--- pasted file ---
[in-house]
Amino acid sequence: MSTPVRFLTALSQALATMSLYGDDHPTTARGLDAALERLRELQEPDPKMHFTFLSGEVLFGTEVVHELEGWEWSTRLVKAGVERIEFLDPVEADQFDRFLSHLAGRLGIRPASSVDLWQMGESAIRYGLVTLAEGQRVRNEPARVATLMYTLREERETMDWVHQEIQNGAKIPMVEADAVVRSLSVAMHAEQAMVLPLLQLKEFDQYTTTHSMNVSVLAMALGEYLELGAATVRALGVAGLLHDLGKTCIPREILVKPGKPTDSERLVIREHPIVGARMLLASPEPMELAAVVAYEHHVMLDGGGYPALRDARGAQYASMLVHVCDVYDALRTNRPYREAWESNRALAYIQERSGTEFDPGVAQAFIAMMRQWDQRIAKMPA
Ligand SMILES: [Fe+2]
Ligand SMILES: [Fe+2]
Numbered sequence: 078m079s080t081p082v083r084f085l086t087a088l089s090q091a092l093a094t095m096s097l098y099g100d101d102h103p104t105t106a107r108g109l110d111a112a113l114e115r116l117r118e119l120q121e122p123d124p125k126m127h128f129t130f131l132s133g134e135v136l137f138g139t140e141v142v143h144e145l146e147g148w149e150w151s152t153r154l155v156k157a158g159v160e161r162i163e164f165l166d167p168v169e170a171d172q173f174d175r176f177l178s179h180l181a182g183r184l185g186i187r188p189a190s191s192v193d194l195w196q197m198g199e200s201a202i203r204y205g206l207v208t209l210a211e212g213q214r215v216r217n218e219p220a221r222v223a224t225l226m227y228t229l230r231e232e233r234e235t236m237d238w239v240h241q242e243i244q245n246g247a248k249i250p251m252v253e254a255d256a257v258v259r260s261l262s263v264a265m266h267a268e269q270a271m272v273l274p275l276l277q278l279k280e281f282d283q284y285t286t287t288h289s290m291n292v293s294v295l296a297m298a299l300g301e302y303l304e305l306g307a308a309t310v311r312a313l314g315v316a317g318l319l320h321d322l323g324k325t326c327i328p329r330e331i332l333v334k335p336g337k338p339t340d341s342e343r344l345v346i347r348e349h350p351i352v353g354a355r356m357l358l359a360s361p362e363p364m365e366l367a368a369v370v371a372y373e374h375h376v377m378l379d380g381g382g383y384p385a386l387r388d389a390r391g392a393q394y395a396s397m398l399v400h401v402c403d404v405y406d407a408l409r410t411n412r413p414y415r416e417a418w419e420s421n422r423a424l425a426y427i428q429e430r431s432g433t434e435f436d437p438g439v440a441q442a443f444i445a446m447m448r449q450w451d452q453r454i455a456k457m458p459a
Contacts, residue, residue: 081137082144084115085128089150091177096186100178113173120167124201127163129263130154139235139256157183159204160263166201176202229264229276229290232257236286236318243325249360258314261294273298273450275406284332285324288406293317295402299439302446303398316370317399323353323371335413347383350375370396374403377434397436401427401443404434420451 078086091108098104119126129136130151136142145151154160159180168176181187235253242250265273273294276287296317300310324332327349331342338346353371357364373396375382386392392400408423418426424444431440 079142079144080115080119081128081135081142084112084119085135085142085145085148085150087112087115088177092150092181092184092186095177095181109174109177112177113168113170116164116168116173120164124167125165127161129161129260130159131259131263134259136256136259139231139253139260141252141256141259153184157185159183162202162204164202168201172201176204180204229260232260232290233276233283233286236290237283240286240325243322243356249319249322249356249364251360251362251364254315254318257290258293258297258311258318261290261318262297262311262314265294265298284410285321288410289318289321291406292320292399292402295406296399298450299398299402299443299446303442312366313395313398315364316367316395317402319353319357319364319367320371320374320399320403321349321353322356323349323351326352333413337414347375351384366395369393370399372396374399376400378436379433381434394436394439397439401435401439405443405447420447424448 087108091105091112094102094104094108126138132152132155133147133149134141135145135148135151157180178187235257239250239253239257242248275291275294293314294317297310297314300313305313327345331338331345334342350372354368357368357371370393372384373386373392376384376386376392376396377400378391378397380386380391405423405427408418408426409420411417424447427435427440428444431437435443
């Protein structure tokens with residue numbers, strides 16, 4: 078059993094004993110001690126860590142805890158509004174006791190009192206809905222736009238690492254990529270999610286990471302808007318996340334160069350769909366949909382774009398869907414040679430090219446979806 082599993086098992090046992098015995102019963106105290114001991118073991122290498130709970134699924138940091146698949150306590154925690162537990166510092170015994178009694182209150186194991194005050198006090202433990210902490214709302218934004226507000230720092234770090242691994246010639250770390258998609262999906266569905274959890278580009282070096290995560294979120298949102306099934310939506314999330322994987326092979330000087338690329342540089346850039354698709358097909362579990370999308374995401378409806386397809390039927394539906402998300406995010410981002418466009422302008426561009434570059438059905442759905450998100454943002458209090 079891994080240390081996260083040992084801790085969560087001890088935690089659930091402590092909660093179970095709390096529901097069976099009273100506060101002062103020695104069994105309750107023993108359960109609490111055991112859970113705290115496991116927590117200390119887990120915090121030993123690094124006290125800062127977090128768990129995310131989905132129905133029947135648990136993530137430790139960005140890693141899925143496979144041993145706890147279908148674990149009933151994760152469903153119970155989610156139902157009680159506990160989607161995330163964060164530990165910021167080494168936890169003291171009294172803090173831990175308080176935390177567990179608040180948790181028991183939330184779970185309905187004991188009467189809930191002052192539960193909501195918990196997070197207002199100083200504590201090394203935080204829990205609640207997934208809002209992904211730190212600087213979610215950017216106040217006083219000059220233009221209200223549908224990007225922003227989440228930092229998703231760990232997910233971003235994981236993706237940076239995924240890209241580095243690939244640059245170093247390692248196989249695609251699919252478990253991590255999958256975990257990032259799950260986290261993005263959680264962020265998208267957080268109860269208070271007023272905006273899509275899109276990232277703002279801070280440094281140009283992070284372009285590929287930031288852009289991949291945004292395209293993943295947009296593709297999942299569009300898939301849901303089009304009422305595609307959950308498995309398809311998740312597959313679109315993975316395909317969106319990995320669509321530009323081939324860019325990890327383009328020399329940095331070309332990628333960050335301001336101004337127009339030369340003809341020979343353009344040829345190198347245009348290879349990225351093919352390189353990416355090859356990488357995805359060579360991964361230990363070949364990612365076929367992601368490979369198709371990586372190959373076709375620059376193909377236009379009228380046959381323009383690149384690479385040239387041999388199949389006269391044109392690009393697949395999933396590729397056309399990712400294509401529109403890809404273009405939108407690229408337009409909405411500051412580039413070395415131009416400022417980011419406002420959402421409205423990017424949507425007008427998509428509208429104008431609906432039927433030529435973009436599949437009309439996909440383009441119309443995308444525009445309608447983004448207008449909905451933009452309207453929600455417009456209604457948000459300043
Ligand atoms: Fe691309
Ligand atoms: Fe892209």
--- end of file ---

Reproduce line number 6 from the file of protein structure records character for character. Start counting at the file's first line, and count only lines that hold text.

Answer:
Contacts, residue, residue: 081137082144084115085128089150091177096186100178113173120167124201127163129263130154139235139256157183159204160263166201176202229264229276229290232257236286236318243325249360258314261294273298273450275406284332285324288406293317295402299439302446303398316370317399323353323371335413347383350375370396374403377434397436401427401443404434420451 078086091108098104119126129136130151136142145151154160159180168176181187235253242250265273273294276287296317300310324332327349331342338346353371357364373396375382386392392400408423418426424444431440 079142079144080115080119081128081135081142084112084119085135085142085145085148085150087112087115088177092150092181092184092186095177095181109174109177112177113168113170116164116168116173120164124167125165127161129161129260130159131259131263134259136256136259139231139253139260141252141256141259153184157185159183162202162204164202168201172201176204180204229260232260232290233276233283233286236290237283240286240325243322243356249319249322249356249364251360251362251364254315254318257290258293258297258311258318261290261318262297262311262314265294265298284410285321288410289318289321291406292320292399292402295406296399298450299398299402299443299446303442312366313395313398315364316367316395317402319353319357319364319367320371320374320399320403321349321353322356323349323351326352333413337414347375351384366395369393370399372396374399376400378436379433381434394436394439397439401435401439405443405447420447424448 087108091105091112094102094104094108126138132152132155133147133149134141135145135148135151157180178187235257239250239253239257242248275291275294293314294317297310297314300313305313327345331338331345334342350372354368357368357371370393372384373386373392376384376386376392376396377400378391378397380386380391405423405427408418408426409420411417424447427435427440428444431437435443